I adore winter. I know that this is unusual and, especially in Italy, most people prefer summer but days of sweltering heat that linger until late drain all my energy, whereas the long, dark evenings of winter bring me comfort.
I love to curl up in front of a fire, listen to the song that the logs sing and watch the flames flicker and jump. As a child I loved sitting by the window when I had come home from school, looking at the dark enveloping the house; the gleam of the streetlight on the wet road, the skeletal branches dancing in the garden as the wind tossed their shadows across my face. There is a kind of slow, hidden magic in winter. Nature is honed down to bare, stark essentials and yet beneath the ground there is life laying in wait for the warmth of spring to release it.
In my novel, “The Song of the Cypress”, I write about each season as it unfolds. Here is how the Cypress, guardian of the sacred places, views winter.

Winter, season of inner growth and hidden mystery. Suddenly, with no warning, winter tightens its icy grip on the land; a cold, remorseless embrace that will endure for months. Winter has a terrible, stern beauty. In the linearity of bare branches and frosted furrow, the true shape of things is unveiled. Muddy brown earth is sealed with a shimmering coat of frost. The wind sears like white heat. Ridges of mud crack, blades of grass snap. When all else has faded and died away only the bare outline is left, like webs of dark branches against white sky. Nature, stripped of its bright adornments, is starkly skeletal and what is left is the essential core.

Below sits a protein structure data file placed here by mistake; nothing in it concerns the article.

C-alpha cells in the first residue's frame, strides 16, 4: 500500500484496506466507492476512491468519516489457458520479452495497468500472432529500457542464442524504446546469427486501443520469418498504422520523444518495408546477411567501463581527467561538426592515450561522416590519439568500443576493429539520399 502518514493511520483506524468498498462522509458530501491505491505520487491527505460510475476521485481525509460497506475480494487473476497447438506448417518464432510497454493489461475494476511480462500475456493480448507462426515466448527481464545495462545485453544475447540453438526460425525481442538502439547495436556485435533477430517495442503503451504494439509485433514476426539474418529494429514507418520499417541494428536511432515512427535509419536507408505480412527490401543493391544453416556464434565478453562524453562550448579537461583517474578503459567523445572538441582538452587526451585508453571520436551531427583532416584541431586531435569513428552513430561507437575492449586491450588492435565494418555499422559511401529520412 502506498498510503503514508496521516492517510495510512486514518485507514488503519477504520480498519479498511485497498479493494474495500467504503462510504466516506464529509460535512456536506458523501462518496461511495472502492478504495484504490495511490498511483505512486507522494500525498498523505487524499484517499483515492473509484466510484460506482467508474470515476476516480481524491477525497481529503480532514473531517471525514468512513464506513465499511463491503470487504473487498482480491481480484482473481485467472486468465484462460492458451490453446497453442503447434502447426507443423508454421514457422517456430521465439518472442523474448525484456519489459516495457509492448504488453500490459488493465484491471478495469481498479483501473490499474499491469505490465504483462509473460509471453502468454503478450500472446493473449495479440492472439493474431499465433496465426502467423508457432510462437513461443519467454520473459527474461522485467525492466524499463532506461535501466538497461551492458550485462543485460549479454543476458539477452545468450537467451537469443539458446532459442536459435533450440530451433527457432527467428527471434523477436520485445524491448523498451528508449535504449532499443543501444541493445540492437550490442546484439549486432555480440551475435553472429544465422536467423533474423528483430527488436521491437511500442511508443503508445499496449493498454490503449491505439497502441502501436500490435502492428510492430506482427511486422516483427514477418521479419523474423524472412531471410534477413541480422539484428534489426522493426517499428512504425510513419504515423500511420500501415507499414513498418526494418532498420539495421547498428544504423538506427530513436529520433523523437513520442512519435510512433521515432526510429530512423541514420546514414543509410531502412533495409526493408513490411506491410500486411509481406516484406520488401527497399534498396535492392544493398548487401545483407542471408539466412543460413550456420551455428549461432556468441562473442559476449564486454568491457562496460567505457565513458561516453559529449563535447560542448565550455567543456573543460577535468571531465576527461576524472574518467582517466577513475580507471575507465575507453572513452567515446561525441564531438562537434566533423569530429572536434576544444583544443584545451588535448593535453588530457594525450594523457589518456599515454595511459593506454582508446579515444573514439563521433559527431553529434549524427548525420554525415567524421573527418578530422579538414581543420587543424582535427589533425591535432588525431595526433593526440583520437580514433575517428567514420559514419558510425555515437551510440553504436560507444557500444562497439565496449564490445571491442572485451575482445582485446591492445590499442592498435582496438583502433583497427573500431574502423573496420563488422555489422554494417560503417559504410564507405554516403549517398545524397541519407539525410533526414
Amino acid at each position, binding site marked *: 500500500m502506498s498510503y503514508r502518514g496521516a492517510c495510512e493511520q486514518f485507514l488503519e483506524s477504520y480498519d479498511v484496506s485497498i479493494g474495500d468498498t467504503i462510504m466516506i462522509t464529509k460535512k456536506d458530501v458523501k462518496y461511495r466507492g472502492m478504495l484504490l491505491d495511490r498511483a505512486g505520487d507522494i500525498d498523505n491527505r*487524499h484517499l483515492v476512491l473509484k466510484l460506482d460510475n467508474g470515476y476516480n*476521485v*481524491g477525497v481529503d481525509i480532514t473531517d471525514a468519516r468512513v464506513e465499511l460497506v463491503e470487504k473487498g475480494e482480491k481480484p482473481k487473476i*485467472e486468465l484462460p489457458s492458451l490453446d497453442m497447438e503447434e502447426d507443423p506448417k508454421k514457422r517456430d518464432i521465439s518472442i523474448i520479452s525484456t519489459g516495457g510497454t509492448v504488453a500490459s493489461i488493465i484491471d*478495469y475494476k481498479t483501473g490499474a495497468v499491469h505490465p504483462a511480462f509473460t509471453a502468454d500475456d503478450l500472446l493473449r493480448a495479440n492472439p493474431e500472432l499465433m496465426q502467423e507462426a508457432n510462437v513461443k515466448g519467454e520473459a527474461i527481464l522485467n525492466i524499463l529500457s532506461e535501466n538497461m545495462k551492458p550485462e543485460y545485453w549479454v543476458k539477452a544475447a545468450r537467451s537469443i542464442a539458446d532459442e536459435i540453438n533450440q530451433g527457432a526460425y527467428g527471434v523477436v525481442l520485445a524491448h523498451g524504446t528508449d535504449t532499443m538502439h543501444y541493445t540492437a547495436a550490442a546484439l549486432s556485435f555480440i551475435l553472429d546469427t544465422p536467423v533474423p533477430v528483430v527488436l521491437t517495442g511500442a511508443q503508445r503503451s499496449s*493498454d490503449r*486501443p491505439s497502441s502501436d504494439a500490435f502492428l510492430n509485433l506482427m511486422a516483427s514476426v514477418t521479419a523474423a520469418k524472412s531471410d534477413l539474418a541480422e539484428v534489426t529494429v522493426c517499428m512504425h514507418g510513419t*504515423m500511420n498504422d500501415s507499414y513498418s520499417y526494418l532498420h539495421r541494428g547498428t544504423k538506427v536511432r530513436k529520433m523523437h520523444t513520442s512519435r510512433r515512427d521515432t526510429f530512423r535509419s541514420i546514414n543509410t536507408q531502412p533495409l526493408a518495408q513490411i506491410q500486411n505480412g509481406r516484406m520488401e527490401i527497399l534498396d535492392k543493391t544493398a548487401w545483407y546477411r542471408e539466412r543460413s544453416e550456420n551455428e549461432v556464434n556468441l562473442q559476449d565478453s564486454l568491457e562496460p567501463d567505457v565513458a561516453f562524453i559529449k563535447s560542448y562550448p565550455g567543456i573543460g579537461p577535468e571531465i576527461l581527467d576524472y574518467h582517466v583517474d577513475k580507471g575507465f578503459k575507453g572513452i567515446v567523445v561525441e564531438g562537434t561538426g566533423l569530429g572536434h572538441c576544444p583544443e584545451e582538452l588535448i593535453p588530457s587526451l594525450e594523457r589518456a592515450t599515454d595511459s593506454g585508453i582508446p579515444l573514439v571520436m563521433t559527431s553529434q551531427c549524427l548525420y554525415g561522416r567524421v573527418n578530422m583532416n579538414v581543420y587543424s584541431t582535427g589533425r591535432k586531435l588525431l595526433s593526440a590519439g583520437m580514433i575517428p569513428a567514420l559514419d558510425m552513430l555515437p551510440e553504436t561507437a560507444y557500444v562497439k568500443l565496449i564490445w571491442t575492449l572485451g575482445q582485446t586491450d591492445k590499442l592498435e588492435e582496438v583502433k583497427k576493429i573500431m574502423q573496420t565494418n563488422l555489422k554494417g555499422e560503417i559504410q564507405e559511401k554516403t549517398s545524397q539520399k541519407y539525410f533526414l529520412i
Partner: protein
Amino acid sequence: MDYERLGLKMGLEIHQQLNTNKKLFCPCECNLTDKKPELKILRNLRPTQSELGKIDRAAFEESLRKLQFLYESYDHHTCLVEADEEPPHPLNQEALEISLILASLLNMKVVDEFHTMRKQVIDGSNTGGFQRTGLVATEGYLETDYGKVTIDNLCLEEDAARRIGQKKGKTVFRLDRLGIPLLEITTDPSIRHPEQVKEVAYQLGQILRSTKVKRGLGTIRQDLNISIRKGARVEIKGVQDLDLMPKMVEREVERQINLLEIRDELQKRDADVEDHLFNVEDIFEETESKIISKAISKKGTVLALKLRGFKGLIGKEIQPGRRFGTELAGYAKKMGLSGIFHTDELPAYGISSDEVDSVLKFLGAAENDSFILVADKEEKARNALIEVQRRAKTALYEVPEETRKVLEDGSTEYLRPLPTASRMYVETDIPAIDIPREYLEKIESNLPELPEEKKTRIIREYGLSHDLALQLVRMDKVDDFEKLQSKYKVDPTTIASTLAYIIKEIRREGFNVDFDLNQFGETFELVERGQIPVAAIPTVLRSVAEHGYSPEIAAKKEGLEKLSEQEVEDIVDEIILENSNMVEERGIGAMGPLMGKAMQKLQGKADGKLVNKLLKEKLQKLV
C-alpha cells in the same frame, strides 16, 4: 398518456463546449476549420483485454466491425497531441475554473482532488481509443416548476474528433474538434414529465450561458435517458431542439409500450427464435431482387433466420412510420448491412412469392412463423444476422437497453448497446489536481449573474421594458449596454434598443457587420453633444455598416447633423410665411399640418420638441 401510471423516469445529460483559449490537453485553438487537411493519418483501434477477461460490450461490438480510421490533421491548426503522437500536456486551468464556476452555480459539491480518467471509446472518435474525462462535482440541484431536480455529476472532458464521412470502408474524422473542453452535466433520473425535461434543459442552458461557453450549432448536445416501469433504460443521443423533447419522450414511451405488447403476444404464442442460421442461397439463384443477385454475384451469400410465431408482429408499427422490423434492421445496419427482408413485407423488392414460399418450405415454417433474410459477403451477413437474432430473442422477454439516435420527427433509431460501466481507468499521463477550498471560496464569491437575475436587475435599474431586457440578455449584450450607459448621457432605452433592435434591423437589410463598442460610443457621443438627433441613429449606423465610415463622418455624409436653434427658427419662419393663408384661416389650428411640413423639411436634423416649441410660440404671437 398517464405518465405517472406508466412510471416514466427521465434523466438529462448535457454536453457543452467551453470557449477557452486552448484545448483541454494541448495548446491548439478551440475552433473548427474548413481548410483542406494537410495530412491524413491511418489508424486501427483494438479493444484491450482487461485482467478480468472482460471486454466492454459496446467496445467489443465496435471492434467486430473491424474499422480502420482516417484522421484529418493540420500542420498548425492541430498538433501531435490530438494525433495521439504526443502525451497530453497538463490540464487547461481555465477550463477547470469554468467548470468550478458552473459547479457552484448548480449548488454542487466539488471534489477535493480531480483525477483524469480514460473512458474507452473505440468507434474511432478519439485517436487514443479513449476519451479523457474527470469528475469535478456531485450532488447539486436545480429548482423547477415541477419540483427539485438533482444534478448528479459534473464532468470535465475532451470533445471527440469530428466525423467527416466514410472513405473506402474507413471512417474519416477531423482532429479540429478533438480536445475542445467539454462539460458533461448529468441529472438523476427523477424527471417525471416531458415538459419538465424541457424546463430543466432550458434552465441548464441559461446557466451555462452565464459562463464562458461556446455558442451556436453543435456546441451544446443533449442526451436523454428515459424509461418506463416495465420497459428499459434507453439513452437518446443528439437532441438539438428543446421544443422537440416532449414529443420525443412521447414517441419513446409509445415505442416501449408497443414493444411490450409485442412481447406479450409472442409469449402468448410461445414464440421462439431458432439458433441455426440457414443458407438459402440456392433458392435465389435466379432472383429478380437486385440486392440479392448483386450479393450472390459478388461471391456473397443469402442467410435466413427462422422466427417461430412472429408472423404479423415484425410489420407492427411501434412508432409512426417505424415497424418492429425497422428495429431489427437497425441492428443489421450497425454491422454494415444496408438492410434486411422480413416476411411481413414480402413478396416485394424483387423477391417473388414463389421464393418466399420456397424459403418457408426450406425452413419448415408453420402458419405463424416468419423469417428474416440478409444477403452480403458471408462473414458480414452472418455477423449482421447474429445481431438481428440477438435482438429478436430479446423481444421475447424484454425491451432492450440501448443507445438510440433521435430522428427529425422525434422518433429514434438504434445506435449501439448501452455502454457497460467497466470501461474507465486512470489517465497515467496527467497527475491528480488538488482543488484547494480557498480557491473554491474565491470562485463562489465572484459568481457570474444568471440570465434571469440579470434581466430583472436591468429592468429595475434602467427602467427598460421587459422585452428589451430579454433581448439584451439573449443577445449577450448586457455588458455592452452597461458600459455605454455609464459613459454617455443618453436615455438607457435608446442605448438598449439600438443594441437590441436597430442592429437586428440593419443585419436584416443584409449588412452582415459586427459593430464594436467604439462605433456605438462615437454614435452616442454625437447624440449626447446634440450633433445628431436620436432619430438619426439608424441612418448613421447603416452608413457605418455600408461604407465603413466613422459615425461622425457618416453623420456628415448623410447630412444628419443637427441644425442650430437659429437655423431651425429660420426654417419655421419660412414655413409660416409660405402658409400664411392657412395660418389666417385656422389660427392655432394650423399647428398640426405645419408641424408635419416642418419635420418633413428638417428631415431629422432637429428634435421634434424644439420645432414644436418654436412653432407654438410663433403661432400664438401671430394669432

Then another transformation as soft snowflakes swirl around me, wrapping me up along with the rest of the world.
Under the snow’s cold blanket all is isolated. It is hard to recognise my world in the rounded, crystal perfection.
While other trees lower their heavy boughs to form tunnels that spring back when touched with a shuddering flurry of white, I am unbending. The snow that wraps me is the first to slip away in the pale winter sun.
Under the cold glittering starkness of the winter world, life lies in wait. In the dark womb of the earth the hidden mystery of life is quickening.
Snow sculpts the landscape into pregnant curves and, when the spring eventually brings the thaw, that same snow will melt deep into the earth, nourishing, swelling, easing new life to the surface.

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